Wild-Type females are pail yellow/silver to grey/brown, with a fairly solid brown stripe down their side. According to wikipedia the two colour varieties "sunset" and "gold" are selectively bred, not occurring in nature. I was sold the "gold" variety. Here are pics of my female and male, and a pic of a wild-type female honey grouami. 

194348718_499690894487874_6741479001887903780_n.jpg.2789a4c50e74cf24e583af82a3a2ba10.jpg194056532_394793335064703_7742523009310114753_n.jpg.265d9372cd21abf190116f11cdea0a6d.jpgdownload.jpg.bcfc2482815a1957e87ca64170d1243f.jpg

 

The biggest difference between the wild-type and "gold" variety is in the female in my opinion. She's way more bright yellow/gold then the wild-type female and brown stripe is faint, and usually completely disappears when she's not stressed or interacting with the male.

Anyways, I specialized in animal behaviour in my undergrad and one of the studies we read about was in sticklebacks, where mature males develop bright red underparts. Anyways, a behaviourist was keeping sticklebacks and noticed that every morning they'd all go nuts at the side of the tank facing the window. He realized that the fish were seeing the mail truck outside, which was red. He tested them with other red objects and found that the colour red triggered aggression in the male sticklebacks. The theory is that male sticklebacks evolved to associate red with rival males. 

When I first got my fish, I found it really hard to sex them. As they've gotten older the male developed black underparts, but the female looks largely the same and kind of looks like a juvenile male wild-type honey grouami. Maybe male honey gouramis use the brown line and lack of yellow to distinguish females from rival males. At least to me, she looks more like a male than the females he's evolved to recognize. He might be mistaking her for a male and her manish good looks are making him angry? 

Has anyone observed more male->female aggression in gold honey gouramis compared to wild-types?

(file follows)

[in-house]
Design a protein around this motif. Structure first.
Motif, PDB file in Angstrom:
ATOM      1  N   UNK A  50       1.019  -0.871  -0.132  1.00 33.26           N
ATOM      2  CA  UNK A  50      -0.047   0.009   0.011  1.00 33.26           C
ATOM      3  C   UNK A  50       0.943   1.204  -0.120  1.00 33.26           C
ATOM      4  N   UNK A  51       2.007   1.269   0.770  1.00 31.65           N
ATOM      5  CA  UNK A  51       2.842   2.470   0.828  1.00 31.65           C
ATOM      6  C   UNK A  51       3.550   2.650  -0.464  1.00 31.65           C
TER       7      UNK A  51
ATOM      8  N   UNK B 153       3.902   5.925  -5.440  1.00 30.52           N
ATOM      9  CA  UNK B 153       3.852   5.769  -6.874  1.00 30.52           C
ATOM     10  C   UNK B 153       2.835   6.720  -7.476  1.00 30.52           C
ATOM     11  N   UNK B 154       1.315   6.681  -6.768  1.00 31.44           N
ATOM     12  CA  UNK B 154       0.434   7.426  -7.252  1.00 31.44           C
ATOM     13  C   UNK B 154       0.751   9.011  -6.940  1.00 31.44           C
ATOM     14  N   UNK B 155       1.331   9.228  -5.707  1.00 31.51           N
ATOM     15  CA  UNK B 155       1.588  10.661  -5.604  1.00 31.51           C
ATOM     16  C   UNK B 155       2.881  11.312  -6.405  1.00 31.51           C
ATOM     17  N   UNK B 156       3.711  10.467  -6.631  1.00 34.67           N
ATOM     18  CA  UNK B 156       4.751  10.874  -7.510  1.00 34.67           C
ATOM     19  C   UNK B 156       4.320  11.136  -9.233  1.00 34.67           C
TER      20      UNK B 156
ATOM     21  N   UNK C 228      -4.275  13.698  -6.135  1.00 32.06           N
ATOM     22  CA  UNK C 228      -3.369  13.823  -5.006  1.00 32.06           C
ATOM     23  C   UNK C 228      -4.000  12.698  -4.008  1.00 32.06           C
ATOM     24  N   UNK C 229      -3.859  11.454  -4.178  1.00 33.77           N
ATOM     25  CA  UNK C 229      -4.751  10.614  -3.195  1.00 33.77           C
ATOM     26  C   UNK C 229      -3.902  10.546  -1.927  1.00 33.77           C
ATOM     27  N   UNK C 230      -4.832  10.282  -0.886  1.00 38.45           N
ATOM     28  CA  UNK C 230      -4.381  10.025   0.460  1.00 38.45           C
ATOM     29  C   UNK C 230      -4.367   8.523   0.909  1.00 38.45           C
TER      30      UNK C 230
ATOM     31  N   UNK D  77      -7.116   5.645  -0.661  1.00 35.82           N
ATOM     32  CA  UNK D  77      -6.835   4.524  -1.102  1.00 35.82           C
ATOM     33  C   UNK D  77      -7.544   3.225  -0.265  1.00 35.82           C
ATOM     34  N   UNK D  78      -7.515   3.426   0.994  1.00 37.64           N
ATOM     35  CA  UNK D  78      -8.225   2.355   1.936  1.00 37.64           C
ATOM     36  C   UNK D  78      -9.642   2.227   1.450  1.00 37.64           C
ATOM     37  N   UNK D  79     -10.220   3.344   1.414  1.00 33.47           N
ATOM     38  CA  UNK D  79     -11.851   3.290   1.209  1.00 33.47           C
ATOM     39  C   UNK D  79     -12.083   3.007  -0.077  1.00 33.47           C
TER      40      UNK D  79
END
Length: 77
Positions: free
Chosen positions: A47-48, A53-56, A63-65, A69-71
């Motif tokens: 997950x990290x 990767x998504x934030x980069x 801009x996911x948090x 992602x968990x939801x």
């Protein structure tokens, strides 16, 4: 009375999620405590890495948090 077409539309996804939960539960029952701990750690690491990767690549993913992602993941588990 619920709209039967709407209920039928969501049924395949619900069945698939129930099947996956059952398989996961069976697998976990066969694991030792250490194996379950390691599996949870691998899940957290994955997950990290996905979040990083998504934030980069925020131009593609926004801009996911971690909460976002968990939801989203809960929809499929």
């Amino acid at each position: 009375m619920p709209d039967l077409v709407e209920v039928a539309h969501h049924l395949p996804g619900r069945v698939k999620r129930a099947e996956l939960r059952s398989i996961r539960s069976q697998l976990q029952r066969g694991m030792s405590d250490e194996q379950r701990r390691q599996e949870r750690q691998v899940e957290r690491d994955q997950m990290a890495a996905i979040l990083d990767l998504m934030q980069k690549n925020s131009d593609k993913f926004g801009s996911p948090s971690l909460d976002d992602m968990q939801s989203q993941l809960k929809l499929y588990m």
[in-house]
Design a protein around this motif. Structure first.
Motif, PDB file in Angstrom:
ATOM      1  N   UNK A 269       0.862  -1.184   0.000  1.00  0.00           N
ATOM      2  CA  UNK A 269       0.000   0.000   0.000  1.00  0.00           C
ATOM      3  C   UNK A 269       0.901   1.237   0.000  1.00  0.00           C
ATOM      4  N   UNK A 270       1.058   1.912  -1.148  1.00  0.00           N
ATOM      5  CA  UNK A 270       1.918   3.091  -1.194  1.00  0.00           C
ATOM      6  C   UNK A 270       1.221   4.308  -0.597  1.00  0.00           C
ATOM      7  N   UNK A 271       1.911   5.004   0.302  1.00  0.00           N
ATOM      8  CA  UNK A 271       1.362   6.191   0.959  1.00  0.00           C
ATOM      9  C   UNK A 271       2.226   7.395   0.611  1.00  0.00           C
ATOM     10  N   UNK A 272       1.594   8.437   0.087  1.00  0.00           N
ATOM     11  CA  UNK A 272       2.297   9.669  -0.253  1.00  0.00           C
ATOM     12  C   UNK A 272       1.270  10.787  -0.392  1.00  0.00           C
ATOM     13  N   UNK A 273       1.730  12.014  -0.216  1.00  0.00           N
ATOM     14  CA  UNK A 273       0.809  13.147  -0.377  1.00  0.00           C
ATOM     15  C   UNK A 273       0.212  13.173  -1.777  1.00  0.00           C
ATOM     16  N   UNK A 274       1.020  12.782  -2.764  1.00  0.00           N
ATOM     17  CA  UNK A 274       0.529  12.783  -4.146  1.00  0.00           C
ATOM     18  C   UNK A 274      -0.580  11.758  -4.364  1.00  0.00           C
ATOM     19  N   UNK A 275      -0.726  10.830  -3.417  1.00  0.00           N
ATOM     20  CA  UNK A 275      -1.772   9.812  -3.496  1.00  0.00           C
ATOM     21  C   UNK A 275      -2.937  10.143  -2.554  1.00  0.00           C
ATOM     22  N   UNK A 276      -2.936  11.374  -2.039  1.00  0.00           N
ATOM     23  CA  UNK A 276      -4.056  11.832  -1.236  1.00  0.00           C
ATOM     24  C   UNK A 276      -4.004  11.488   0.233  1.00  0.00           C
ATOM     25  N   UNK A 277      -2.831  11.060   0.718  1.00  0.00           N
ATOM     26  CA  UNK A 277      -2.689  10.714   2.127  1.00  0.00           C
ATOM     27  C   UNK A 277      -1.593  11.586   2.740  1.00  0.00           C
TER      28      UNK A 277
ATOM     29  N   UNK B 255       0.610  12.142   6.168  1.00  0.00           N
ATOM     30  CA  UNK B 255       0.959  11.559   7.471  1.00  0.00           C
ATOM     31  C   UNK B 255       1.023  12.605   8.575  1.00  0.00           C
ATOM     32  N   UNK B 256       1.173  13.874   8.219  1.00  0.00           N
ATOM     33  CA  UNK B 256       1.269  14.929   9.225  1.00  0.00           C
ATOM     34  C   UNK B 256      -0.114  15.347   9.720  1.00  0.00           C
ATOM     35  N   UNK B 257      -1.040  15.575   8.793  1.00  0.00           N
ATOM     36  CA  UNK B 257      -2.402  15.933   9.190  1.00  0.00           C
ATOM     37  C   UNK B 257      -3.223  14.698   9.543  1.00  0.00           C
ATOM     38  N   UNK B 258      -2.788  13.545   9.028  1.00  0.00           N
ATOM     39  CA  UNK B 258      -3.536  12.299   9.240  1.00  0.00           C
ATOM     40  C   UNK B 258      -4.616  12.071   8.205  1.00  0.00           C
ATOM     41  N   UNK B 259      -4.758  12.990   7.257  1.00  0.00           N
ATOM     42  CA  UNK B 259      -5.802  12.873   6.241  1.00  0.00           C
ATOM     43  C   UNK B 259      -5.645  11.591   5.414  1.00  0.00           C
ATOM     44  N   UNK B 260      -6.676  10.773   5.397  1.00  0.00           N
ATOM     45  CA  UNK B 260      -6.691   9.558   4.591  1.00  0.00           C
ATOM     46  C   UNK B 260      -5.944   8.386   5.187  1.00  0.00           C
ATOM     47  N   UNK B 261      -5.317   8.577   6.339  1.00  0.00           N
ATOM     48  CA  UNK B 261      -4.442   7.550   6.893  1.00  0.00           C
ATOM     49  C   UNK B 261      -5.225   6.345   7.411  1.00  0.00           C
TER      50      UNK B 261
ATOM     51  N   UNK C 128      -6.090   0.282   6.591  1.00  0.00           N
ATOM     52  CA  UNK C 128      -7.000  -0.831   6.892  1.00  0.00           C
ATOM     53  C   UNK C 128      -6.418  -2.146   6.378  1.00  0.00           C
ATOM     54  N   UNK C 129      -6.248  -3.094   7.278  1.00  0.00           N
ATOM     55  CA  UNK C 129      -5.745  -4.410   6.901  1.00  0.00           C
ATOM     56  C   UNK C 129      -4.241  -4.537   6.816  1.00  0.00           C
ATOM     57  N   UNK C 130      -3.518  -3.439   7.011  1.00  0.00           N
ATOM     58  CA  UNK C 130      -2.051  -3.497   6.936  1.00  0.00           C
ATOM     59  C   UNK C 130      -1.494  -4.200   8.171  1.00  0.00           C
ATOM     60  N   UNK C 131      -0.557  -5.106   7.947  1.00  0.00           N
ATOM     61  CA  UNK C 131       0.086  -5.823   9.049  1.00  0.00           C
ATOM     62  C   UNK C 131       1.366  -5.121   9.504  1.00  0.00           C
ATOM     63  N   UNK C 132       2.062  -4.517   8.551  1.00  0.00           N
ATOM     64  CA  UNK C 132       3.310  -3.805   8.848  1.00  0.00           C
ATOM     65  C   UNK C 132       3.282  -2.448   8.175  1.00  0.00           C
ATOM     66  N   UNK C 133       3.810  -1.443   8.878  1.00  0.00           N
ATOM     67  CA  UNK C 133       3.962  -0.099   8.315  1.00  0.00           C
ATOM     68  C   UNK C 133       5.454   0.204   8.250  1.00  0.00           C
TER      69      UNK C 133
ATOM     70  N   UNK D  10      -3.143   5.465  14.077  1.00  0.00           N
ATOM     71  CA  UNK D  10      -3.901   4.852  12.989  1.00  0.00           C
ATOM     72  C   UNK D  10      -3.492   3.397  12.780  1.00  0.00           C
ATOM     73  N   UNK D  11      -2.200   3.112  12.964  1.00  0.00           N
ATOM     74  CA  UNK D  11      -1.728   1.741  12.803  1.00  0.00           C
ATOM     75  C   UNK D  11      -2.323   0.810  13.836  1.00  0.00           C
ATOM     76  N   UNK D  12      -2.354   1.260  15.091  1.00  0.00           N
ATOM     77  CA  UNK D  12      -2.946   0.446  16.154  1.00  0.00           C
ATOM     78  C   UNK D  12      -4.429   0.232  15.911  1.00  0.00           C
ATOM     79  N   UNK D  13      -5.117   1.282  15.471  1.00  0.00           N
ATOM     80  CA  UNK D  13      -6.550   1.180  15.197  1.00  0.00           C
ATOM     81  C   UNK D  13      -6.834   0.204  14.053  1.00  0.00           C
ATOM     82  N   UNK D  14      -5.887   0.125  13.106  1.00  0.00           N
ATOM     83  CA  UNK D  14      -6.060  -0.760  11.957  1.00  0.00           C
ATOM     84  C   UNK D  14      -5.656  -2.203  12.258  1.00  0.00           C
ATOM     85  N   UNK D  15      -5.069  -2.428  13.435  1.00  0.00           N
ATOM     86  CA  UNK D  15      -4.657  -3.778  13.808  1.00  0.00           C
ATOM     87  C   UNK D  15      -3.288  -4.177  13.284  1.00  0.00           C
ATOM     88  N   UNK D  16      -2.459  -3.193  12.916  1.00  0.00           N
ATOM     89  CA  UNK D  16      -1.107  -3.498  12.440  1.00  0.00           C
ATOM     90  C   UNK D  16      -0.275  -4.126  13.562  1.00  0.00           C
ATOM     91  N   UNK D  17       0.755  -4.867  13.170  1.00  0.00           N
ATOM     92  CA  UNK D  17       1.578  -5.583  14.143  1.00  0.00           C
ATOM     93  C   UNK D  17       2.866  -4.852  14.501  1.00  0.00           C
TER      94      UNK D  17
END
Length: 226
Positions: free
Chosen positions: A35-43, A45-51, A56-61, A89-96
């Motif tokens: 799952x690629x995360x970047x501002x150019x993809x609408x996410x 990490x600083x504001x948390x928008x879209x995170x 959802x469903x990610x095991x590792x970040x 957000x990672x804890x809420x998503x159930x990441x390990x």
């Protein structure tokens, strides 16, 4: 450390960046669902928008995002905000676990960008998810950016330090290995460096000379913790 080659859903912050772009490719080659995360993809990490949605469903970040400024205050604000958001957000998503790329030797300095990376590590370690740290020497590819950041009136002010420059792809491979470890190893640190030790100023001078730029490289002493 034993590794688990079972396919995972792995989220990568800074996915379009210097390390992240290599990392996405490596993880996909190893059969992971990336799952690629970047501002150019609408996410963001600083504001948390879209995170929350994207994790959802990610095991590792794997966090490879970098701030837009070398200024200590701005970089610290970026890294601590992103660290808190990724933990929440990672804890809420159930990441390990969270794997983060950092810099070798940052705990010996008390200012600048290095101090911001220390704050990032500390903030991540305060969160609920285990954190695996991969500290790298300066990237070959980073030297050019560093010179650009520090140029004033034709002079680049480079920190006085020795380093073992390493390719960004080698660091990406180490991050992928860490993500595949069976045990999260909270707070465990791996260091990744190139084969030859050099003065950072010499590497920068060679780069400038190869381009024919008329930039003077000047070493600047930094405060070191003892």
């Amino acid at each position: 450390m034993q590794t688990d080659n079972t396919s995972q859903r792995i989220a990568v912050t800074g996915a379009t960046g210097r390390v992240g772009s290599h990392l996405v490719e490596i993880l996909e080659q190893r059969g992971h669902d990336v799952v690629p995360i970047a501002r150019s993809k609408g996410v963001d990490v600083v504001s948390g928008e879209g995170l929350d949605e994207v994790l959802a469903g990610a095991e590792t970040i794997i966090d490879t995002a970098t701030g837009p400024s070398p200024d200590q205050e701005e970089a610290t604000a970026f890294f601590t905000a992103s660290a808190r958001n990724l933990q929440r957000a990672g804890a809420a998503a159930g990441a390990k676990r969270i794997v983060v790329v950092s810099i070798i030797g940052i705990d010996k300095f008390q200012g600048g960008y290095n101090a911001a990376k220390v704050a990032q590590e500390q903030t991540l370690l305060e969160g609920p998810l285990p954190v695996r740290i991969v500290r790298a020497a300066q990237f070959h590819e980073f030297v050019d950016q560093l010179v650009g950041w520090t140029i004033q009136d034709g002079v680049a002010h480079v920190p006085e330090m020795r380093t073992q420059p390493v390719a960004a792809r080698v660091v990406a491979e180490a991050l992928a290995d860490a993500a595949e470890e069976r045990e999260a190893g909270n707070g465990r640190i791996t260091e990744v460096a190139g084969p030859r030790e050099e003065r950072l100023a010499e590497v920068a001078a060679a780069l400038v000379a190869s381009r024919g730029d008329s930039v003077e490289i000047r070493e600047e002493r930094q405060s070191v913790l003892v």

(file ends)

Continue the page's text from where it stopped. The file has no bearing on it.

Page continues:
Sorry for the long post... I just find this stuff cool. 

Edited by andieb
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Ah! The honey gourami aggression question! Hopefully my experience can be helpful here.

I’m intrigued by your theory about gold female honeys vs the wild type, but I can’t speak to it since I also only have a very gold female. Here’s my pair resting in the middle of flirting time:

2159E5B0-2812-4205-9F03-030362C4103C.jpeg.b1627daa17152bad20bbed27e6e0ae16.jpeg

I have my gouramis in a 55 gallon community tank. My male (Dad Fish) is only super aggressive to the female (Mom Fish) when he’s guarding eggs or very young fry. When he has eggs to guard, he’ll see her from one side of the tank and cross the entire tank to chase after her. He basically chases her behind the driftwood into a corner, and when she’s out of his sight line, he lets her be.

Otherwise, the two of them are buddies. They flirt, they poke each other, and Mom Fish chases Dad Fish away at feeding time. But everything changes when there’s a nest to guard.

My guess is that your male did indeed have eggs he was guarding. Either you missed the nest among the floating plants, or someone in the tank ate the eggs. It’s possible the female was really hungry and decided to eat the eggs even though the male was trying to defend them. Maybe that’s why she got so beat up—I’ve never seen my female get injuries, though she can give Dad Fish a lot of space since the tank’s so big.

My recommendation would be to wait and see what happens at the next spawn. If everyone’s getting enough to eat, maybe everything will be fine. If you’re still having aggression issues, try adding tall plants or rocks/wood in the tank’s center so she can get out of his line of sight.

I control my gouramis’ spawns by adding or removing floating plants, and increasing or decreasing the flow. With increased flow and no floaters, there’s nowhere for Dad Fish to build a nest and he goes out of breeding mode. I’m not sure that’s an option for you though since you have a lot of floaters.

At this point I would not get another female. In livebearers, adding another female gives the male someone else to flirt with. In the case of nest guarding though, I think you’d need a lot more than two gouramis to have any effect on the male’s aggression.

The good news is fish tend to heal from injuries pretty well. As long as she’s not still getting attacked, she’ll probably be just fine.

I also love animal behavior. I’m convinced gouramis are smarter than other similar fish since their brains have evolved to use and process info from their feelers. But maybe I just like gouramis. 😄 

You have a beautiful pair, by the way!

Edited by Hobbit
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6 hours ago, andieb said:

Yes, I'd love to get a second opinion... obviously would be thrilled if the solution was to get another female... but gotta be responsible. 

This is just a thought I had about honey gourami aggression...